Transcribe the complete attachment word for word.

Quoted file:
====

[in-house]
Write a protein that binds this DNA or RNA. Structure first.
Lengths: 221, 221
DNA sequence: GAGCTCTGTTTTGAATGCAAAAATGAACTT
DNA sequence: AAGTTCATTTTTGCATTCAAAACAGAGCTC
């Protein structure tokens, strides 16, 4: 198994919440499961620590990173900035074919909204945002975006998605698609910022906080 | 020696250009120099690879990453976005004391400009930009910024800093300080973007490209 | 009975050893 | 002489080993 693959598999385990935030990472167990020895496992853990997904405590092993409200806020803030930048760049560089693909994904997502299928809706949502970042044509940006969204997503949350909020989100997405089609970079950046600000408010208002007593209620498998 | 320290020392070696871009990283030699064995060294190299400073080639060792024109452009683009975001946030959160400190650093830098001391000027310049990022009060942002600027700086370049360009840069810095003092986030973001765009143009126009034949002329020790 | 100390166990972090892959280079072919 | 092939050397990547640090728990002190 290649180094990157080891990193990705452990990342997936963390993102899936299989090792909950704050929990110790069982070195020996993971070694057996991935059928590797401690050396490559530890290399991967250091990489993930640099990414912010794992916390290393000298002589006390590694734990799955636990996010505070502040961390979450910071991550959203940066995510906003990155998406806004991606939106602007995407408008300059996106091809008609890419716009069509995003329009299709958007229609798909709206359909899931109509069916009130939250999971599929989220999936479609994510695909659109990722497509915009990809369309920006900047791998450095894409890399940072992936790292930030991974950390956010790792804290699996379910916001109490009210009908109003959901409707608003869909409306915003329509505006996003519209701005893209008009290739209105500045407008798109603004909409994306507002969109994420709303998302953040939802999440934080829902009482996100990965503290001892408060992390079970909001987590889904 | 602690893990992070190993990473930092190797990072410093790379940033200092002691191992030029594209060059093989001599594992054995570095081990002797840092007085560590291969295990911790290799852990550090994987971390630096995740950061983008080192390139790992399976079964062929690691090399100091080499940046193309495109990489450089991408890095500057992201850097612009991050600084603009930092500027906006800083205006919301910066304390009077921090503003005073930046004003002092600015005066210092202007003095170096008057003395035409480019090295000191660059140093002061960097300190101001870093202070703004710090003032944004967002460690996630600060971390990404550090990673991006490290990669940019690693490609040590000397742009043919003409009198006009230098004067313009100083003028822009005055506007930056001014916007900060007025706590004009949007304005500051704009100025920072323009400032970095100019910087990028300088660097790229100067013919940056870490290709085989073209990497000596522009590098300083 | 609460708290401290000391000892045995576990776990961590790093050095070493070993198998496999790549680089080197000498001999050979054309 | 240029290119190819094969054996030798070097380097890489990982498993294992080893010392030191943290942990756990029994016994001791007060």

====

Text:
[in-house]
Write a protein that binds this DNA or RNA. Structure first.
Lengths: 221, 221
DNA sequence: GAGCTCTGTTTTGAATGCAAAAATGAACTT
DNA sequence: AAGTTCATTTTTGCATTCAAAACAGAGCTC
């Protein structure tokens, strides 16, 4: 198994919440499961620590990173900035074919909204945002975006998605698609910022906080 | 020696250009120099690879990453976005004391400009930009910024800093300080973007490209 | 009975050893 | 002489080993 693959598999385990935030990472167990020895496992853990997904405590092993409200806020803030930048760049560089693909994904997502299928809706949502970042044509940006969204997503949350909020989100997405089609970079950046600000408010208002007593209620498998 | 320290020392070696871009990283030699064995060294190299400073080639060792024109452009683009975001946030959160400190650093830098001391000027310049990022009060942002600027700086370049360009840069810095003092986030973001765009143009126009034949002329020790 | 100390166990972090892959280079072919 | 092939050397990547640090728990002190 290649180094990157080891990193990705452990990342997936963390993102899936299989090792909950704050929990110790069982070195020996993971070694057996991935059928590797401690050396490559530890290399991967250091990489993930640099990414912010794992916390290393000298002589006390590694734990799955636990996010505070502040961390979450910071991550959203940066995510906003990155998406806004991606939106602007995407408008300059996106091809008609890419716009069509995003329009299709958007229609798909709206359909899931109509069916009130939250999971599929989220999936479609994510695909659109990722497509915009990809369309920006900047791998450095894409890399940072992936790292930030991974950390956010790792804290699996379910916001109490009210009908109003959901409707608003869909409306915003329509505006996003519209701005893209008009290739209105500045407008798109603004909409994306507002969109994420709303998302953040939802999440934080829902009482996100990965503290001892408060992390079970909001987590889904 | 602690893990992070190993990473930092190797990072410093790379940033200092002691191992030029594209060059093989001599594992054995570095081990002797840092007085560590291969295990911790290799852990550090994987971390630096995740950061983008080192390139790992399976079964062929690691090399100091080499940046193309495109990489450089991408890095500057992201850097612009991050600084603009930092500027906006800083205006919301910066304390009077921090503003005073930046004003002092600015005066210092202007003095170096008057003395035409480019090295000191660059140093002061960097300190101001870093202070703004710090003032944004967002460690996630600060971390990404550090990673991006490290990669940019690693490609040590000397742009043919003409009198006009230098004067313009100083003028822009005055506007930056001014916007900060007025706590004009949007304005500051704009100025920072323009400032970095100019910087990028300088660097790229100067013919940056870490290709085989073209990497000596522009590098300083 | 609460708290401290000391000892045995576990776990961590790093050095070493070993198998496999790549680089080197000498001999050979054309 | 240029290119190819094969054996030798070097380097890489990982498993294992080893010392030191943290942990756990029994016994001791007060």